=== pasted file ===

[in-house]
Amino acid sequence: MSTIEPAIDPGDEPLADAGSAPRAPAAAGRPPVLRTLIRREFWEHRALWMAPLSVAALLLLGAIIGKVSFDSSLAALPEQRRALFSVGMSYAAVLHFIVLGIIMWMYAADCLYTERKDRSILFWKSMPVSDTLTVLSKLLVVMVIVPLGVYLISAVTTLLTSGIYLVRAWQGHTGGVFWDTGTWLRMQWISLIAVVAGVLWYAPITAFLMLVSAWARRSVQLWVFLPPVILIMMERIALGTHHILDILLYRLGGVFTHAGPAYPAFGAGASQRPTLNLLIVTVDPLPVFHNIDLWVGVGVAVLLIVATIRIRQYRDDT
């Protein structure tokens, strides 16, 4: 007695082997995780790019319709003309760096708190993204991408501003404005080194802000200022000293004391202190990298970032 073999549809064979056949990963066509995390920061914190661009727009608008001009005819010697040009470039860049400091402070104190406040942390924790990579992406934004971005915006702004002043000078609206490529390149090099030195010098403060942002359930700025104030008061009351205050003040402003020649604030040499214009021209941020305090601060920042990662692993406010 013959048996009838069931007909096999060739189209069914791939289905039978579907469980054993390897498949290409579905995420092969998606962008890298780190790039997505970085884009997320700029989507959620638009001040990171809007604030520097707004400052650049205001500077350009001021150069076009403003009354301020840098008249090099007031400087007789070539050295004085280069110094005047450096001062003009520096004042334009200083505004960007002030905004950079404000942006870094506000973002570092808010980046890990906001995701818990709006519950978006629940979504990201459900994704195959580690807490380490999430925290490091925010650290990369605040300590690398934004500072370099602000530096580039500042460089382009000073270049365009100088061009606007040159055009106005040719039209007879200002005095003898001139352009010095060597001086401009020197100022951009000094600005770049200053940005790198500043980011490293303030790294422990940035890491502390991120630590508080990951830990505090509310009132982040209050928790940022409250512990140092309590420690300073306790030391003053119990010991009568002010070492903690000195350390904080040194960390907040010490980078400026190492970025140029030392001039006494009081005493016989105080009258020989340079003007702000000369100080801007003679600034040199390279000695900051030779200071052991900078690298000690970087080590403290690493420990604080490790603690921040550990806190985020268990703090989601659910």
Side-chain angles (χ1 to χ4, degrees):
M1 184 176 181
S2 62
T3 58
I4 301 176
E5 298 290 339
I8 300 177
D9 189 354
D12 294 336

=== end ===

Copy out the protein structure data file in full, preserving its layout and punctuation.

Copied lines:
[in-house]
Amino acid sequence: MSTIEPAIDPGDEPLADAGSAPRAPAAAGRPPVLRTLIRREFWEHRALWMAPLSVAALLLLGAIIGKVSFDSSLAALPEQRRALFSVGMSYAAVLHFIVLGIIMWMYAADCLYTERKDRSILFWKSMPVSDTLTVLSKLLVVMVIVPLGVYLISAVTTLLTSGIYLVRAWQGHTGGVFWDTGTWLRMQWISLIAVVAGVLWYAPITAFLMLVSAWARRSVQLWVFLPPVILIMMERIALGTHHILDILLYRLGGVFTHAGPAYPAFGAGASQRPTLNLLIVTVDPLPVFHNIDLWVGVGVAVLLIVATIRIRQYRDDT
């Protein structure tokens, strides 16, 4: 007695082997995780790019319709003309760096708190993204991408501003404005080194802000200022000293004391202190990298970032 073999549809064979056949990963066509995390920061914190661009727009608008001009005819010697040009470039860049400091402070104190406040942390924790990579992406934004971005915006702004002043000078609206490529390149090099030195010098403060942002359930700025104030008061009351205050003040402003020649604030040499214009021209941020305090601060920042990662692993406010 013959048996009838069931007909096999060739189209069914791939289905039978579907469980054993390897498949290409579905995420092969998606962008890298780190790039997505970085884009997320700029989507959620638009001040990171809007604030520097707004400052650049205001500077350009001021150069076009403003009354301020840098008249090099007031400087007789070539050295004085280069110094005047450096001062003009520096004042334009200083505004960007002030905004950079404000942006870094506000973002570092808010980046890990906001995701818990709006519950978006629940979504990201459900994704195959580690807490380490999430925290490091925010650290990369605040300590690398934004500072370099602000530096580039500042460089382009000073270049365009100088061009606007040159055009106005040719039209007879200002005095003898001139352009010095060597001086401009020197100022951009000094600005770049200053940005790198500043980011490293303030790294422990940035890491502390991120630590508080990951830990505090509310009132982040209050928790940022409250512990140092309590420690300073306790030391003053119990010991009568002010070492903690000195350390904080040194960390907040010490980078400026190492970025140029030392001039006494009081005493016989105080009258020989340079003007702000000369100080801007003679600034040199390279000695900051030779200071052991900078690298000690970087080590403290690493420990604080490790603690921040550990806190985020268990703090989601659910």
Side-chain angles (χ1 to χ4, degrees):
M1 184 176 181
S2 62
T3 58
I4 301 176
E5 298 290 339
I8 300 177
D9 189 354
D12 294 336